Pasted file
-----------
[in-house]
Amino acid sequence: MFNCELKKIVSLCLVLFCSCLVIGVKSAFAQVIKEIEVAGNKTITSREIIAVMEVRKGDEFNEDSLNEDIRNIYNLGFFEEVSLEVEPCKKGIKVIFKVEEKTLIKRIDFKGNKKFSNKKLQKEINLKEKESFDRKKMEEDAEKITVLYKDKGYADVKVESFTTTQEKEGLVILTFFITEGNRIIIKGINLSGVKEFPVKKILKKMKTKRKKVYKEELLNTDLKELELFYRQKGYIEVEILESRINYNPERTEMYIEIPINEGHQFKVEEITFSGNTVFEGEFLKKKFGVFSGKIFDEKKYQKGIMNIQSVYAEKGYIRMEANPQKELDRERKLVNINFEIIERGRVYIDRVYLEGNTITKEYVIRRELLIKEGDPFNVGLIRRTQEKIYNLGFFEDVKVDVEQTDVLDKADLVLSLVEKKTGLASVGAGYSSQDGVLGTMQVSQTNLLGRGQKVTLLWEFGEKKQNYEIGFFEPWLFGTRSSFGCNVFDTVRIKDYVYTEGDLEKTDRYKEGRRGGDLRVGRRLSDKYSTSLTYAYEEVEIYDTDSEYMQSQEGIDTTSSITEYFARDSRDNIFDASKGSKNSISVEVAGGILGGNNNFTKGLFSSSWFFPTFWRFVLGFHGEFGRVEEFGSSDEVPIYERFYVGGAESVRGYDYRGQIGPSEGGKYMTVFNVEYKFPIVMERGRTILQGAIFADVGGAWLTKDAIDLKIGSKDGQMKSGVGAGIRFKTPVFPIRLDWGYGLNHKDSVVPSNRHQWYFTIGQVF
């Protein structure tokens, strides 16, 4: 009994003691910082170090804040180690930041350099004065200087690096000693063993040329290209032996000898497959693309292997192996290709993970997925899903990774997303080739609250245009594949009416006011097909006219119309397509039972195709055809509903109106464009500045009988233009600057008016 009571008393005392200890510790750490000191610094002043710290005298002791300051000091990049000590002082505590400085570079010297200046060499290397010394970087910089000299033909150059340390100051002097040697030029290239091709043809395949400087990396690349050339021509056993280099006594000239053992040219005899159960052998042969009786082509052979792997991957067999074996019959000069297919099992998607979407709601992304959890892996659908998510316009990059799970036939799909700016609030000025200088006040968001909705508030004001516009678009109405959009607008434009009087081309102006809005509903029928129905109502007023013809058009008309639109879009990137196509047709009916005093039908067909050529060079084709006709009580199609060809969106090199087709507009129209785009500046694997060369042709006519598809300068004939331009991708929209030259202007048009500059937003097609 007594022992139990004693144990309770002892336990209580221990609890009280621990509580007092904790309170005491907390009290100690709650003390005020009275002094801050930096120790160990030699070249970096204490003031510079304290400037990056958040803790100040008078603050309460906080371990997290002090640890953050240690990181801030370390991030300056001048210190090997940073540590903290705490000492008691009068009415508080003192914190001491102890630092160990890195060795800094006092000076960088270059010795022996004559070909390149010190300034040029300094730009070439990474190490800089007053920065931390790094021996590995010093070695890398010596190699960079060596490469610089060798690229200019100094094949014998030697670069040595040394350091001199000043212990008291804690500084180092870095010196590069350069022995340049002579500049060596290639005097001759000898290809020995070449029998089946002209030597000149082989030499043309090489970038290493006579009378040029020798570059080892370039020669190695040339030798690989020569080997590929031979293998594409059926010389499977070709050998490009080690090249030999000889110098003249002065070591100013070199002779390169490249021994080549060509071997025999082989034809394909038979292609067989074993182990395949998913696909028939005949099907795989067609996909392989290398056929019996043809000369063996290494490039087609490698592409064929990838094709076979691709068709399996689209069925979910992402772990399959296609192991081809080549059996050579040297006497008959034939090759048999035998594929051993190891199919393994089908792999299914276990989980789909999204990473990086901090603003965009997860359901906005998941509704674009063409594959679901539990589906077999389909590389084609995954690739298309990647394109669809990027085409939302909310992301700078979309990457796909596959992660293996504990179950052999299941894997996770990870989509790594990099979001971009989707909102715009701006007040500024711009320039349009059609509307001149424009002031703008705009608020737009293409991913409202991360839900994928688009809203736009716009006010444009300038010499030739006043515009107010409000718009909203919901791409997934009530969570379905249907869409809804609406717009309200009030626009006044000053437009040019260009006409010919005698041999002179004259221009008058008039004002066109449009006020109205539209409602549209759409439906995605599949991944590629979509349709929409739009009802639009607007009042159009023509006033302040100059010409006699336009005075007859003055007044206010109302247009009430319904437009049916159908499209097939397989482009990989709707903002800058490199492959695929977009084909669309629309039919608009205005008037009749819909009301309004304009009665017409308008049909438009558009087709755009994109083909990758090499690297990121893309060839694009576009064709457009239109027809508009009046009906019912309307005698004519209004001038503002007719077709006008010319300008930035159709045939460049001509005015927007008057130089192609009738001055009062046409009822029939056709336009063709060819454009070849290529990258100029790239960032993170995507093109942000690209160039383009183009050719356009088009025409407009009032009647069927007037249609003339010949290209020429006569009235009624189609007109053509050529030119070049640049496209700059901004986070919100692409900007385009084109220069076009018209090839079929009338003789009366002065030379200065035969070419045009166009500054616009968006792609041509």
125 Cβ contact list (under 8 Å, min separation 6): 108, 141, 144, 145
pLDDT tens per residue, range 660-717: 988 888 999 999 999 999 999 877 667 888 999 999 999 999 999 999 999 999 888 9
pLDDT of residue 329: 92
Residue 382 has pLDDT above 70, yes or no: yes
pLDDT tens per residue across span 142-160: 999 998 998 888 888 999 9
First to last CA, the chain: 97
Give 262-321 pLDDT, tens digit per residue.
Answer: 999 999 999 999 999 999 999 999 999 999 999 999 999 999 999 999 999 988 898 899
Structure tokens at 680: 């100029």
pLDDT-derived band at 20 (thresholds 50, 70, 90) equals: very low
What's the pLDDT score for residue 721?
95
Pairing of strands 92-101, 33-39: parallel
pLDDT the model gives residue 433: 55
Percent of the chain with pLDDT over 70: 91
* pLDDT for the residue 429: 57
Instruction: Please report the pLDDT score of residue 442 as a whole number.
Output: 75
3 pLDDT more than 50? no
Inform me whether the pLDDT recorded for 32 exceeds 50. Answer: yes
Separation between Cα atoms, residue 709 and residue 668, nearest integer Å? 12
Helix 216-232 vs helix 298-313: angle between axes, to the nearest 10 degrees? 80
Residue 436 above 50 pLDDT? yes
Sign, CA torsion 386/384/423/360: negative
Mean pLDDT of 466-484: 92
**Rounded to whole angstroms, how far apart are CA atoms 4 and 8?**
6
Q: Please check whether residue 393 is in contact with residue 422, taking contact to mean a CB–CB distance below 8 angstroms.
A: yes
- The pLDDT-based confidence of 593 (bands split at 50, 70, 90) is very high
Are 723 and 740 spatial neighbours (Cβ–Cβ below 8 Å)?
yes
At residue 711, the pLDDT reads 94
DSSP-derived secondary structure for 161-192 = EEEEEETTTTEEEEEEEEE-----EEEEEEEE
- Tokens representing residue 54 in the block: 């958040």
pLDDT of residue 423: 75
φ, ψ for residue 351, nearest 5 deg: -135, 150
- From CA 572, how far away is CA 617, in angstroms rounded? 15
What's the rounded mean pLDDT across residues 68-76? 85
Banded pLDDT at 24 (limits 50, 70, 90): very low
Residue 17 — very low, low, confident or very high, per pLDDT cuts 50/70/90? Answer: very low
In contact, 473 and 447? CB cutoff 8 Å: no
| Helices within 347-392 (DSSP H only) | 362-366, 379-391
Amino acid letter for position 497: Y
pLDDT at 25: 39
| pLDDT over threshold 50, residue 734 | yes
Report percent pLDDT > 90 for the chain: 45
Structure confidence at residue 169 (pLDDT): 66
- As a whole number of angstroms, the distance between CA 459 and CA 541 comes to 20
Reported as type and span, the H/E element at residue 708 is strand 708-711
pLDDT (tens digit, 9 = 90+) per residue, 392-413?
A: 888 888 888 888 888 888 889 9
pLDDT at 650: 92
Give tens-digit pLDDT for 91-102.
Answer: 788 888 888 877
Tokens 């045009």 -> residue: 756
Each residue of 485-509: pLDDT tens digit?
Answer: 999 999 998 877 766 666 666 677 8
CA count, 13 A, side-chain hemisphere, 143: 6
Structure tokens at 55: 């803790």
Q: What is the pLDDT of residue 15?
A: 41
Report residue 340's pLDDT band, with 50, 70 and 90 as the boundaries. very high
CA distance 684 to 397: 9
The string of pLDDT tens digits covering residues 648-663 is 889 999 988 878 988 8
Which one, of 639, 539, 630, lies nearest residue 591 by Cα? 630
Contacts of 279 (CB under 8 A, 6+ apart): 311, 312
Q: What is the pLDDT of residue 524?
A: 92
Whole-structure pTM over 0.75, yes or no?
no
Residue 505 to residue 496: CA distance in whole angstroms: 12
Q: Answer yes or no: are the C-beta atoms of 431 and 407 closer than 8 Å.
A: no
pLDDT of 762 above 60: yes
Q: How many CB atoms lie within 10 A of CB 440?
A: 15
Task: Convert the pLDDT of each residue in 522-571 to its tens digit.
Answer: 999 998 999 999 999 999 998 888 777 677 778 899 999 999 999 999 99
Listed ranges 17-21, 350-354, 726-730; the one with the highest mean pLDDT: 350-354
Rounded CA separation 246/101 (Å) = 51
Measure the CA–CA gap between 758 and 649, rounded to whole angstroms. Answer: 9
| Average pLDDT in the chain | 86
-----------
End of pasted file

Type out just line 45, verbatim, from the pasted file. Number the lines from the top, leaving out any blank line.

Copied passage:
In contact, 473 and 447? CB cutoff 8 Å: no